While discussing this concept of bend, the idea of the spine actually bending is misleading. The spine can shift, or bend, from side to side and up and down, but what happens mostly when "bend" in the thoracic (in front of shoulder blade to final rib) portion of the spine occurs is mostly a shift of the rib cage to the outside of that circle you're working on. That successful shift gives the rider a nice spot to sit in. Yes, the neck portion of the spine bends well -- watch any horse knock off a fly or scratch the top of its back -- but the thoracic portion of the spine is comparatively more rigid. And these two disproportionate levels of flexibility mean the rider has to ride the spine uniformly as best she can and to not mistake the neck's mobility for suppleness throughout the entire body of the horse.
Longitudinal means front to back, so longitudinal suppleness implies suppleness from tail to nose. Lateral means side, so lateral suppleness means suppleness along the side(s) of the body, or suppleness left or right. (Speaking broadly, in veterinary terms, lateral indicates the outside of the body or leg, while medial indicates the inside of the body/leg.)
Keep in mind that the horse is asymmetrically supple and asymmetrically strong, and they are "handed," as humans are, meaning that the horse's ability to shift the ribcage to the left or right will feel uneven. This is normal, and a tenet of training is to help the horse build toward symmetry.
The distance in a one-stride in-and-out is usually set at approximately 24 feet (for horses). But, the big difference is that 24 feet is for an in and out that is set at a height of at least 2'9". An in-and-out set at 2'6" or below should have a distance of about 21 feet. When jumping a new in-and-out, the rider should have a ground person to adjust the distance, as the horse should be able to jump it comfortably without twisting or reaching to get over the "out."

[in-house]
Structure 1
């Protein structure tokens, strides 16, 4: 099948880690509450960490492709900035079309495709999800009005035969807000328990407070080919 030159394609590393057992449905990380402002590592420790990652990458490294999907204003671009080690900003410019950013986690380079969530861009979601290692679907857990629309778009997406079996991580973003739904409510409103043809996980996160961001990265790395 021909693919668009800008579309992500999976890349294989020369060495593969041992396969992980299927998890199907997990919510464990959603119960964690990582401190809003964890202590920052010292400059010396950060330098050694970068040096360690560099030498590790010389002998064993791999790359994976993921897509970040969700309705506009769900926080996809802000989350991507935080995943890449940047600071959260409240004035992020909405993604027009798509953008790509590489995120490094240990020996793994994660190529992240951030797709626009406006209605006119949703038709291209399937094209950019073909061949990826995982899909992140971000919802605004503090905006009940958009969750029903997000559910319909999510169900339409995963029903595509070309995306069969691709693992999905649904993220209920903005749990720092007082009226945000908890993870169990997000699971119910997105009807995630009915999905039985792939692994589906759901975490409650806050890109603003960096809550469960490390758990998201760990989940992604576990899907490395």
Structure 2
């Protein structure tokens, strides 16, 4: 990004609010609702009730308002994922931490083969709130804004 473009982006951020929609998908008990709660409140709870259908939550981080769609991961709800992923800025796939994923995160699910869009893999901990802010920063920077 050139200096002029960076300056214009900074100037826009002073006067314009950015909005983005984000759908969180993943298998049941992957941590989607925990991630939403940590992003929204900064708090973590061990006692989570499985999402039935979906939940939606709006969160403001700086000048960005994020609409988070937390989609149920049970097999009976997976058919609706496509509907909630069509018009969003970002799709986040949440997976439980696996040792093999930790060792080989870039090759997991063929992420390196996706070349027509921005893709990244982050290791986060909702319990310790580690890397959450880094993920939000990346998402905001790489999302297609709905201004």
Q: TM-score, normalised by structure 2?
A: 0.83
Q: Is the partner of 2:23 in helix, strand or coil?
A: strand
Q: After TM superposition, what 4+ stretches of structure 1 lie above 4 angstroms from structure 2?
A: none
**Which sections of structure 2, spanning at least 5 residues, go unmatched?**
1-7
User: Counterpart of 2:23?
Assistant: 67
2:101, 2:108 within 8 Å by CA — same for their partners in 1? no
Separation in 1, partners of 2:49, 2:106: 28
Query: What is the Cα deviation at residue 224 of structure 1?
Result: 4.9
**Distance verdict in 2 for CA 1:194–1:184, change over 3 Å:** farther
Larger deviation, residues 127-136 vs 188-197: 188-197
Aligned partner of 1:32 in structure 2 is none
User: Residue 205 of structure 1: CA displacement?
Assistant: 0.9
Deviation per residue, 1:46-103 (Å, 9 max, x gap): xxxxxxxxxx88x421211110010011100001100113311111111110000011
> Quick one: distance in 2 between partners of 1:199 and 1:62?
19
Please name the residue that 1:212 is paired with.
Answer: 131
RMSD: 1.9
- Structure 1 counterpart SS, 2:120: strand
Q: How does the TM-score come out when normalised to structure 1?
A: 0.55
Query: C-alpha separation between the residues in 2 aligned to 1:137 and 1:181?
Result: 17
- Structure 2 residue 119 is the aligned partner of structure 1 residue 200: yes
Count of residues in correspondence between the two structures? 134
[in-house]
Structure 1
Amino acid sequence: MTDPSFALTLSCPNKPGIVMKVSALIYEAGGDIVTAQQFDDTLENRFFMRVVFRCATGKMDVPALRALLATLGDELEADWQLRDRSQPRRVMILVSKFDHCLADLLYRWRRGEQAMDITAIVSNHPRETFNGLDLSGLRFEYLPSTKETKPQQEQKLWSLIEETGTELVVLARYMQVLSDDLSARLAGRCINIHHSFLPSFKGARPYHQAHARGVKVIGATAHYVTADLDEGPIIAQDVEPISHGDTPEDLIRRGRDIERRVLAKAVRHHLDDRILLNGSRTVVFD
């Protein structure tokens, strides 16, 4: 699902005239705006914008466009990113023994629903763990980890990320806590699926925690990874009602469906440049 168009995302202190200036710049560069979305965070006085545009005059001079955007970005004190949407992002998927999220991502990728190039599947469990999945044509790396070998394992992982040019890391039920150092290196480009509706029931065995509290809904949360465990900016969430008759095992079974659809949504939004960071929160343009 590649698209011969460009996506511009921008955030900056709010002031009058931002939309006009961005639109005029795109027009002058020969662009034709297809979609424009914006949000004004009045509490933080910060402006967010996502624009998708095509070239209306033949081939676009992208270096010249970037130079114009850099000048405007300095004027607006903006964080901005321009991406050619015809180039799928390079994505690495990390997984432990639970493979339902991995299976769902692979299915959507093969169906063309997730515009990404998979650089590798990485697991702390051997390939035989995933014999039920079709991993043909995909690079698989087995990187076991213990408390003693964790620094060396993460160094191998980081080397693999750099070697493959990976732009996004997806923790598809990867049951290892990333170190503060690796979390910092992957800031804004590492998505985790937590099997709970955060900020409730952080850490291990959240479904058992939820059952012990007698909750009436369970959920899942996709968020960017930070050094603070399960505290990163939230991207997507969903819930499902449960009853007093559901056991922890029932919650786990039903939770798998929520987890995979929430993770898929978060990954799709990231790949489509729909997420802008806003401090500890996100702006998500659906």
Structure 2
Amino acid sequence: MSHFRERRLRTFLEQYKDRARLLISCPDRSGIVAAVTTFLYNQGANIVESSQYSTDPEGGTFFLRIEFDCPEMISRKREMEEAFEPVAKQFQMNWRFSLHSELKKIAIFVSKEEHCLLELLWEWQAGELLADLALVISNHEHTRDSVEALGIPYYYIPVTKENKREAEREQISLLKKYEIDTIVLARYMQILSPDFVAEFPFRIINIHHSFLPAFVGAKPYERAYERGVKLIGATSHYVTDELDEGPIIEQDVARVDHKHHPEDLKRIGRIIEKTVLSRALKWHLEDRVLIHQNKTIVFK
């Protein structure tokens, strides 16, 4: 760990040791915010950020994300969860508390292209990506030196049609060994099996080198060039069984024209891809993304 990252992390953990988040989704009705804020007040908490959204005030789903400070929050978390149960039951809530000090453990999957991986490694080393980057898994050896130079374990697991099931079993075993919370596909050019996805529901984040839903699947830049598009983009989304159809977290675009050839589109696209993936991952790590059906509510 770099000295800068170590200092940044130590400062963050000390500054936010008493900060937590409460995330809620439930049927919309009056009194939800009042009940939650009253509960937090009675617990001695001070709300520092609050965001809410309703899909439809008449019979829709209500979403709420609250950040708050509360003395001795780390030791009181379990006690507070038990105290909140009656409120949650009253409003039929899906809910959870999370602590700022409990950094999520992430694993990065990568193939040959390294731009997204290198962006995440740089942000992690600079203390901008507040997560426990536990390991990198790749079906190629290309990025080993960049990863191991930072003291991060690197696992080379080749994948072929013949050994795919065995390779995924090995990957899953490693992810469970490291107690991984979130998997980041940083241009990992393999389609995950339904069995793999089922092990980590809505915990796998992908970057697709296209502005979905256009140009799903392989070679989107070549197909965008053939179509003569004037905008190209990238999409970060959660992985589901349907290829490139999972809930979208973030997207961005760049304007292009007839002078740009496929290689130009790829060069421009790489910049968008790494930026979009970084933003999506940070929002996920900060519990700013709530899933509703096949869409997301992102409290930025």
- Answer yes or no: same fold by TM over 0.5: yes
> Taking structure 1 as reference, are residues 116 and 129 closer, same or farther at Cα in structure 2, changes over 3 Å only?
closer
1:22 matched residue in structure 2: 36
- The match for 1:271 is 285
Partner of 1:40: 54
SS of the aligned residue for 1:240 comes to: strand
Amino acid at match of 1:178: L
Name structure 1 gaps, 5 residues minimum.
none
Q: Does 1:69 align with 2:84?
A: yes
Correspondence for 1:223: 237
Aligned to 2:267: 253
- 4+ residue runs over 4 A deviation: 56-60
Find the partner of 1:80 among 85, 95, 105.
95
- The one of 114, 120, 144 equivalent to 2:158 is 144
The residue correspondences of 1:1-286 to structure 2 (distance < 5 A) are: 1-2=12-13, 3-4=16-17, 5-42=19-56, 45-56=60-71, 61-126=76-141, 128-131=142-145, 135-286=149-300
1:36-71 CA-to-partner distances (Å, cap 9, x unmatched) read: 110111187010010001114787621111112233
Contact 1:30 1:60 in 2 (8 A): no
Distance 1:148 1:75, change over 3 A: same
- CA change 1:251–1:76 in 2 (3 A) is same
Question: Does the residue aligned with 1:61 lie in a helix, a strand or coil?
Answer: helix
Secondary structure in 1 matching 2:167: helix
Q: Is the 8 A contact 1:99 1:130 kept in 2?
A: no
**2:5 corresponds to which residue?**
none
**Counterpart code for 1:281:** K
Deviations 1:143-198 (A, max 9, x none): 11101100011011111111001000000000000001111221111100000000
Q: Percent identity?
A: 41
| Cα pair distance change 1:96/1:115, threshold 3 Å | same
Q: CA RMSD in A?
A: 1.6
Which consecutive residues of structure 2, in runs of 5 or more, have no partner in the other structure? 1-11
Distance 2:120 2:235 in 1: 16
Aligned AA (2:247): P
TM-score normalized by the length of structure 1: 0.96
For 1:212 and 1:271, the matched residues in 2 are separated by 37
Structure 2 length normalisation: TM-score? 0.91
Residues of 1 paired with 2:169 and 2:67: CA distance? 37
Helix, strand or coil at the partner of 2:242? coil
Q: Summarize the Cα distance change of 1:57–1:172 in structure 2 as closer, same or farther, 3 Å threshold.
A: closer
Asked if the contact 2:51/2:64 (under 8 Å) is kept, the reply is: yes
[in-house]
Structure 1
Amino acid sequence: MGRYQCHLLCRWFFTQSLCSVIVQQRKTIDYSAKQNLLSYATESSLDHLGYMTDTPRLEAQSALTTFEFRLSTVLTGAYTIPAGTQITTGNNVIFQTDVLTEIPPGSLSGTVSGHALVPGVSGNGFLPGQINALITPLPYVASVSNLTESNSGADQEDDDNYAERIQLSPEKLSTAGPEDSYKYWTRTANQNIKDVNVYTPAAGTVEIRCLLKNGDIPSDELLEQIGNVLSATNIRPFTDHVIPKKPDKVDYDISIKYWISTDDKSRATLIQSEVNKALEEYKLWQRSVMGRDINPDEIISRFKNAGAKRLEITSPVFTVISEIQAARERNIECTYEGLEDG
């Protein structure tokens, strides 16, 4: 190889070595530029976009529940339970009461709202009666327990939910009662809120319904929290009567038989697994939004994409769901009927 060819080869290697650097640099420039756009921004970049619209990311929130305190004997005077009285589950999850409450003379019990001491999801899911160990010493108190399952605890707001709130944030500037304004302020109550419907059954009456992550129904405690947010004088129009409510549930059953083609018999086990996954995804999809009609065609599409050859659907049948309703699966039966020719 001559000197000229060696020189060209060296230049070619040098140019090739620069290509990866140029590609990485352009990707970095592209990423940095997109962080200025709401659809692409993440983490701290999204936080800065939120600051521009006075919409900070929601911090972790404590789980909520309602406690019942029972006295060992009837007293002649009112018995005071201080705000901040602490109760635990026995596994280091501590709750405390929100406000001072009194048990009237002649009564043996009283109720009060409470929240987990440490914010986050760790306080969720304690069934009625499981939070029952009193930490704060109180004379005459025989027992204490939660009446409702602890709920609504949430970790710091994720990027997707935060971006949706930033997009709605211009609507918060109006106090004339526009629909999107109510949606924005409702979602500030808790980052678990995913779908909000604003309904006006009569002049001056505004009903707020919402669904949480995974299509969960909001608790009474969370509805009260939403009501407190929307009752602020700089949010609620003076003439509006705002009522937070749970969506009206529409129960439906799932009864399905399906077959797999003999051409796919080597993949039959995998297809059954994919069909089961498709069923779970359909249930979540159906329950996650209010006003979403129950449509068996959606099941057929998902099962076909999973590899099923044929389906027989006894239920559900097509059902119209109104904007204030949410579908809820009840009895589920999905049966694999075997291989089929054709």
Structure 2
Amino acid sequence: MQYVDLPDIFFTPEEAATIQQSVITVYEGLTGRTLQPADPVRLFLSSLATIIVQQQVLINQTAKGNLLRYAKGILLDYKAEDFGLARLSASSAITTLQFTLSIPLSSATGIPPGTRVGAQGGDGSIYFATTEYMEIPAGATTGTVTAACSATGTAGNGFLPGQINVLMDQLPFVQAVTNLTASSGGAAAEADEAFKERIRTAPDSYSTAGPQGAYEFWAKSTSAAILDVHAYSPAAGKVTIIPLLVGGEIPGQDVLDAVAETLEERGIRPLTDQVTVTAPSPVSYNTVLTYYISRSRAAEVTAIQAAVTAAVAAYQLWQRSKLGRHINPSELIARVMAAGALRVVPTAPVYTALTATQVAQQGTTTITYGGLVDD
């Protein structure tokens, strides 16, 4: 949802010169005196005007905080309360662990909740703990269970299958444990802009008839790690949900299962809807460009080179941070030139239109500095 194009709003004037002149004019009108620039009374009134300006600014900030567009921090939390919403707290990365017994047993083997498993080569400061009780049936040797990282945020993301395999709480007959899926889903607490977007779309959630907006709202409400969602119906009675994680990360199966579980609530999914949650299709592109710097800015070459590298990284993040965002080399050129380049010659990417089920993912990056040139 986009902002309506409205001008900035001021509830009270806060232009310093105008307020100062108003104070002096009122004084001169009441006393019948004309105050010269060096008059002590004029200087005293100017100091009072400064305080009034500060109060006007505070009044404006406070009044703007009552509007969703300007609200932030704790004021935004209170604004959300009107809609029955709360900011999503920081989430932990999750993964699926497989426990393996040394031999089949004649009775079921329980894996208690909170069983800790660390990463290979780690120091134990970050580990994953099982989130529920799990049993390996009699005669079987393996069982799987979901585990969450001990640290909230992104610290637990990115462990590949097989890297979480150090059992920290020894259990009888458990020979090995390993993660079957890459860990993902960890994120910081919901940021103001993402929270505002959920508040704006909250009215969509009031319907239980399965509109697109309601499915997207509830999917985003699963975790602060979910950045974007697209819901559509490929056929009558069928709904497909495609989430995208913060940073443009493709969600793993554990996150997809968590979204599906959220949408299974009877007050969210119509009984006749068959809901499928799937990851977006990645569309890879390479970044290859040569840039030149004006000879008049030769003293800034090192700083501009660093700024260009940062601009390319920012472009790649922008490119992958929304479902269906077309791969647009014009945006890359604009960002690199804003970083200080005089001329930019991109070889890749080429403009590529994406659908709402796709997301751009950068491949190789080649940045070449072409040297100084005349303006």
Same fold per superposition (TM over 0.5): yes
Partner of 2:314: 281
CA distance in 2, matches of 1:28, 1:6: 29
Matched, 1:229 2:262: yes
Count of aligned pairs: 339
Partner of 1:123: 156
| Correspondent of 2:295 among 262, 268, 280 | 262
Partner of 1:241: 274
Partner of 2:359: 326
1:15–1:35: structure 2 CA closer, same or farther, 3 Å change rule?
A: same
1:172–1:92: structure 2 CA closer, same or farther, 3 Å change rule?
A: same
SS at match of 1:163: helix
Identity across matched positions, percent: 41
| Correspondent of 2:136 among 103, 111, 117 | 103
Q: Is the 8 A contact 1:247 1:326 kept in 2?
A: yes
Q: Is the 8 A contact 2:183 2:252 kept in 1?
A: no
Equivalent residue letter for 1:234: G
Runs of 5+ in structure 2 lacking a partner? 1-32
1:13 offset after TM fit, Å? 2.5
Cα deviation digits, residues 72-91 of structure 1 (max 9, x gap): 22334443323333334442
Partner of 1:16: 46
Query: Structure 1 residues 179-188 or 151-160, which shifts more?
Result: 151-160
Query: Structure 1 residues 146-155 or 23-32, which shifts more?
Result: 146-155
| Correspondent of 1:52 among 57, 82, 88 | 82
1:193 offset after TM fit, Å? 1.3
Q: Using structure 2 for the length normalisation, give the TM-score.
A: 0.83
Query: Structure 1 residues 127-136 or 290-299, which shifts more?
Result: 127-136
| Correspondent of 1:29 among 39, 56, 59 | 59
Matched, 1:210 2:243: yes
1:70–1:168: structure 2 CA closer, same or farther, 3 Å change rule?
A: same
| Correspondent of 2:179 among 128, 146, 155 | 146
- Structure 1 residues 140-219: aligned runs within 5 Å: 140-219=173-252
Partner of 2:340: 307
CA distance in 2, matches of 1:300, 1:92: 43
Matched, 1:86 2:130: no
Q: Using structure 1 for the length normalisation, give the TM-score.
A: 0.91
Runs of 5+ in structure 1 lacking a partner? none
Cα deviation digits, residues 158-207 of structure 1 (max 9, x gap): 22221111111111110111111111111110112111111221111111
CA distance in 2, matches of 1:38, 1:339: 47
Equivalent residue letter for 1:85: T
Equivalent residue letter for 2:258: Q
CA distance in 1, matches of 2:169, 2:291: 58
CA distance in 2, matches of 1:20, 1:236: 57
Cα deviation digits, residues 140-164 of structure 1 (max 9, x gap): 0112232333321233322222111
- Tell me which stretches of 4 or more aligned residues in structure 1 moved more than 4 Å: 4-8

A horse that is "girthy," meaning one that pins its ears and looks as if it will bite the handler when the girth is tightened, is often thought to be badly behaved and in need of discipline. In fact, it can mean instead that the horse has stomach ulcers. These need to be treated with medication to reduce acid production, not a slap on the neck.
It's a good policy to understand the source of any "bad" behavior on the part of the horse. There is often a very good reason behind that sort of behavior, and any horse owner should think "What is behind this crabbiness?" first, always.
And last, but not least, for you teachers out there: A young student once stopped mid-lesson and asked, perplexed, "What is the difference between 'coming across the diagonal' and 'posting diagonal'?" To her, since the directives often occurred together in a lesson and employed the same words, the two events were maybe the same thing? That was a funny moment for both teacher and rider, as it never occurred to the one that they could be confused and it never occurred to the other that they were separate ideas.
Readers, please weigh in with your comments and thoughts on this Random Horse-Knowledge Dictionary. TheEquestrianCorner.com appreciates your input and continued interest in our blogs and newsletters!